10. The process according to claim 9, wherein the net and/or sieve is formed of polymer fibres.
11. The process according to claim 9, wherein the net and/or sieve is formed of polyamide fibres.
12. The process according to claim 8, wherein the step of grinding the starting material comprises wet grinding starting material to produce a grinding slurry.
13. The process according to claim 12, wherein the step of removing the particles comprises passing the grinding slurry through the net and/or sieve.
14. A plastic dental composition, comprising a glass powder having, as a main component, powder particulates of ground glass having a mean particulate size of less than or equal to 1.5 μm and which is free of particles having a particle size of greater than 10 μm.
CROSS REFERENCE TO RELATED APPLICATIONS
 This application claims benefit under 35 U.S.C. §119(a) of German Patent Application No. 10-2011-100-959.4, filed Apr. 21, 2011, the entire contents of which are incorporated herein by reference.
BACKGROUND OF THE INVENTION
 1. Field of the Invention
 Glass powders can be used for various applications. One of these is the dental sector, in which plastic dental compositions are increasingly being used for dental restoration. These plastic dental compositions usually consist of a matrix of organic resins and various inorganic fillers. The inorganic fillers predominantly consist of powders of glasses, (glass-) ceramics, quartz or other crystalline substances (e.g. YbF3), sol-gel materials or Aerosils, and they are added to the plastic composition as filling material.
 2. Description of Related Art
 The use of plastic dental compositions is intended to avoid possible harmful side-effects of amalgam and to achieve an improved aesthetic impression. Depending on the plastic dental compositions selected, they can be used for different dental restoration measures, for example for tooth fillings and also for securing parts, such as crowns, bridges and inlays, onlays etc.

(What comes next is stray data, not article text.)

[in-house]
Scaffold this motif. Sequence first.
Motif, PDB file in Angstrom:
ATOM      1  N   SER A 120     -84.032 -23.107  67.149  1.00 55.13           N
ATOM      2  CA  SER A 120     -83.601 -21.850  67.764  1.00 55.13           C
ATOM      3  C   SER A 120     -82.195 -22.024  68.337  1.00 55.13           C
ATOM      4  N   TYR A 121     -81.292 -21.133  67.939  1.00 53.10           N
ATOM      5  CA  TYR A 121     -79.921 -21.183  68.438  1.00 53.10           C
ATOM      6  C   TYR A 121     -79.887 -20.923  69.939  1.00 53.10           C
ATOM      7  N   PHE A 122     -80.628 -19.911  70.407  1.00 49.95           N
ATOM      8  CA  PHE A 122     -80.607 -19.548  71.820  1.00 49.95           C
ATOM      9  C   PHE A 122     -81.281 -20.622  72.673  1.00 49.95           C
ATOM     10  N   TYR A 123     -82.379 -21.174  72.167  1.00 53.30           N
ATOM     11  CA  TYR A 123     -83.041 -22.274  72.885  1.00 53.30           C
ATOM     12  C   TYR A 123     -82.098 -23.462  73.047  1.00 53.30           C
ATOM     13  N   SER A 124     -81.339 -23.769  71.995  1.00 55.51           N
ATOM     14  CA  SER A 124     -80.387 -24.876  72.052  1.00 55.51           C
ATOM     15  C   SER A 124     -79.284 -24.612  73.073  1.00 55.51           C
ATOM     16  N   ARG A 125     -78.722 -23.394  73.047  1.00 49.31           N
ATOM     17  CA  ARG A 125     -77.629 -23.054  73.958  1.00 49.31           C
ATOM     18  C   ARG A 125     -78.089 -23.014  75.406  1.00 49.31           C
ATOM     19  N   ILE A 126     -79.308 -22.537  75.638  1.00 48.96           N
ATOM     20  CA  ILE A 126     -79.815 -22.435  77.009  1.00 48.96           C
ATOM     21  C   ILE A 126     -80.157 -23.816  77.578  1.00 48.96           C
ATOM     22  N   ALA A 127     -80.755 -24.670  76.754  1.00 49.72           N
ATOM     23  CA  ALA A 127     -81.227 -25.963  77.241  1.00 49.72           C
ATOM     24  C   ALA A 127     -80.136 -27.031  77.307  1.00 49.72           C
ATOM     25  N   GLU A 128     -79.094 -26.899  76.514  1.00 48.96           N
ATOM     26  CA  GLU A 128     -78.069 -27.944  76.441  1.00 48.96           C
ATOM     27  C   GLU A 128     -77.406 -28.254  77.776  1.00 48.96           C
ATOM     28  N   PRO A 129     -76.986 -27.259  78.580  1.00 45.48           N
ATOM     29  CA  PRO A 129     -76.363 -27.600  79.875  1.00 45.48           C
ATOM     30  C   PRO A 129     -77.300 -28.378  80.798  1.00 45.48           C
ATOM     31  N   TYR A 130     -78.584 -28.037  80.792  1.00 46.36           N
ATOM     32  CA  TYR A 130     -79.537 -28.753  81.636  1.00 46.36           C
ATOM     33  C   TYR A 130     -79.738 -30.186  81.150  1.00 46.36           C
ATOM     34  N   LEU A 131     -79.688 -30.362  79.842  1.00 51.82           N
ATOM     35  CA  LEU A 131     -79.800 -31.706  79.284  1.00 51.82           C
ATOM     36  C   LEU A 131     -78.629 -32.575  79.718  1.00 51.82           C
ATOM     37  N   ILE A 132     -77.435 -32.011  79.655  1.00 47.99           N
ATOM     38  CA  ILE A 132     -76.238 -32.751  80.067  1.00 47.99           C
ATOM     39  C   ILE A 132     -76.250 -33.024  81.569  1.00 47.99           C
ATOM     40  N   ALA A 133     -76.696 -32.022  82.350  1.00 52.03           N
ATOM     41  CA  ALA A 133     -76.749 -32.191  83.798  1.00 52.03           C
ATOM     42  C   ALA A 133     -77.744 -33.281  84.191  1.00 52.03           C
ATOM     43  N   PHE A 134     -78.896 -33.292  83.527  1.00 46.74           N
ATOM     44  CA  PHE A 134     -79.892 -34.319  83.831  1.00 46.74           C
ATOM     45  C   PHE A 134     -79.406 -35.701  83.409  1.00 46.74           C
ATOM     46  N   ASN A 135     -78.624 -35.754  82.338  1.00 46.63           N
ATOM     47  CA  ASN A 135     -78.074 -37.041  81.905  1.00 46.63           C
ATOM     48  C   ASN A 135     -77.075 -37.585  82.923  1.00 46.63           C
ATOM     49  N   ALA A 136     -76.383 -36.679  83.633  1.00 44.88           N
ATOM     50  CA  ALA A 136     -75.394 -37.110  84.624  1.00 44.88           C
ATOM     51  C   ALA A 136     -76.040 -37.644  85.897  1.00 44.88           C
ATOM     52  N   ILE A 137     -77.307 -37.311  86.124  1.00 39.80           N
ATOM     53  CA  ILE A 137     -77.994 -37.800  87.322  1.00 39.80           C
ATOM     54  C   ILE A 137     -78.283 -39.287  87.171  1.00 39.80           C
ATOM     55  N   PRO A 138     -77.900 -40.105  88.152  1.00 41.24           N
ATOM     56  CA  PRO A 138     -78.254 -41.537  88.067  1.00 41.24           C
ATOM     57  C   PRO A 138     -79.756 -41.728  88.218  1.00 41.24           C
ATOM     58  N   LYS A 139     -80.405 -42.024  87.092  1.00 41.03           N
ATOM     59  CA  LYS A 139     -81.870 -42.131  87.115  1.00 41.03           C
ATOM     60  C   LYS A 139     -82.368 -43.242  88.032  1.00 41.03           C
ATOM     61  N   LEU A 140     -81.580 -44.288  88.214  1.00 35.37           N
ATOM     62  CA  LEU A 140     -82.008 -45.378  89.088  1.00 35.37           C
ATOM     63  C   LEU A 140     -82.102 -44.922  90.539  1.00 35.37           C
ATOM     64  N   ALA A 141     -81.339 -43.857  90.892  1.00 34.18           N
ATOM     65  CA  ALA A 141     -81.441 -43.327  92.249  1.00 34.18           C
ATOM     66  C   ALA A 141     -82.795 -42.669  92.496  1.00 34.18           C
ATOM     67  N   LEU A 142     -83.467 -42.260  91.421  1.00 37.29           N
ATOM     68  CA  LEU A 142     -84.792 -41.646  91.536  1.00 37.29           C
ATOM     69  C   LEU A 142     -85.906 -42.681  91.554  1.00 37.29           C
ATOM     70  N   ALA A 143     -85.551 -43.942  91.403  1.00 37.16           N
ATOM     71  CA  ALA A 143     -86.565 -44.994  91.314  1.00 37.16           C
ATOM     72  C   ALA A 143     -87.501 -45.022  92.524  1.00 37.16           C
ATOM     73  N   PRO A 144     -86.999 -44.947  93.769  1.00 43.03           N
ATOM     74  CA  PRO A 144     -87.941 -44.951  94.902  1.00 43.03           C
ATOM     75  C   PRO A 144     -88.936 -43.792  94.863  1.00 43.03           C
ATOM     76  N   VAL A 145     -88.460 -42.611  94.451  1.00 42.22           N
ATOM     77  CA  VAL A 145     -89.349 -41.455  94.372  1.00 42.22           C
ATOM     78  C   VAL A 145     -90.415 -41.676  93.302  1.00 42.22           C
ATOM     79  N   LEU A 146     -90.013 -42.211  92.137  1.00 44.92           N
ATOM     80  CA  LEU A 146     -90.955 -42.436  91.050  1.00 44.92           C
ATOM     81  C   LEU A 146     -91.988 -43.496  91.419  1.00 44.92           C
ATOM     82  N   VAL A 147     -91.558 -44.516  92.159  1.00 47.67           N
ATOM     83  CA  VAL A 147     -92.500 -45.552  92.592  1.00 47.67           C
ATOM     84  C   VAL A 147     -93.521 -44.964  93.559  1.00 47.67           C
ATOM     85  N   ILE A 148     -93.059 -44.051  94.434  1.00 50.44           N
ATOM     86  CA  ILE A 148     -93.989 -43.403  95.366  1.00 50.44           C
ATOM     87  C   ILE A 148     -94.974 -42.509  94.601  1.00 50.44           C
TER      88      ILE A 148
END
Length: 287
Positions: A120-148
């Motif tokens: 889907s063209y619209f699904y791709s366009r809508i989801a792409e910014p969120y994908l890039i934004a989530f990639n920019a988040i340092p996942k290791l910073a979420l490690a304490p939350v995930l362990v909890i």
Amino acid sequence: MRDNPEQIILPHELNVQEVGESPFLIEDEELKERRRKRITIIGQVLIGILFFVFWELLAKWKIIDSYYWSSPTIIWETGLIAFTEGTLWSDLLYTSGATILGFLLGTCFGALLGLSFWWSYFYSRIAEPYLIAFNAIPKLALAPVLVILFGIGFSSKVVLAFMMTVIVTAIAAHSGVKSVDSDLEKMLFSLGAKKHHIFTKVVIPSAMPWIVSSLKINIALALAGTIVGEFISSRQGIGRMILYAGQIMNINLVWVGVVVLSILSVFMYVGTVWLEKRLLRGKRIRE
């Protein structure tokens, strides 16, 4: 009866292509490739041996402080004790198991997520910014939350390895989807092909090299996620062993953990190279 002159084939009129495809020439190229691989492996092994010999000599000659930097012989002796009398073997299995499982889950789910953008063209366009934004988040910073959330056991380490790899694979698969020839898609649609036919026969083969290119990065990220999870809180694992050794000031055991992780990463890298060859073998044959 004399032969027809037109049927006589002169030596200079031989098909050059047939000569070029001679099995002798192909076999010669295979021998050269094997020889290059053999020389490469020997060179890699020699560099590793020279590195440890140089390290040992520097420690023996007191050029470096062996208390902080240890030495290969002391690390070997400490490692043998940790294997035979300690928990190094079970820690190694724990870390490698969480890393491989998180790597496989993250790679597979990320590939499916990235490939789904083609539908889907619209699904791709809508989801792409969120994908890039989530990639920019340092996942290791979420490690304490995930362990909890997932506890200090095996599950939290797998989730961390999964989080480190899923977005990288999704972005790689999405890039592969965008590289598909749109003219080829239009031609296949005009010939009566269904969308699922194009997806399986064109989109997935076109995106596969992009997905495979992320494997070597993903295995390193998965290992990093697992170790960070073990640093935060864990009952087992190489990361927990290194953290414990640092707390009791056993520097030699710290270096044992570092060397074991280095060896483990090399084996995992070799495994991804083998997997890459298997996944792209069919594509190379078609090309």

The filling material per se is intended to minimize the shrinkage caused by the polymerization of the resin matrix during curing. For example, if there is a strong adhesion between tooth wall and filling, excessive polymerization shrinkage can lead to the tooth wall breaking. If the adhesion is inadequate, excessive polymerization shrinkage may result in the formation of peripheral gaps between tooth wall and filling, which can promote secondary caries. Furthermore, certain physical and chemical demands are imposed on the fillers.
 It must be possible to process the filling material to form powders that are as fine as possible. The finer the powder, the more homogeneous the appearance of the filling. At the same time, the polishing properties of the filling are improved, which in addition to reducing the surface area available for attack also leads to improved resistance to abrasion and therefore to a longer-lasting filling. To enable the powders to be processed successfully, it is also desirable for the powders not to agglomerate.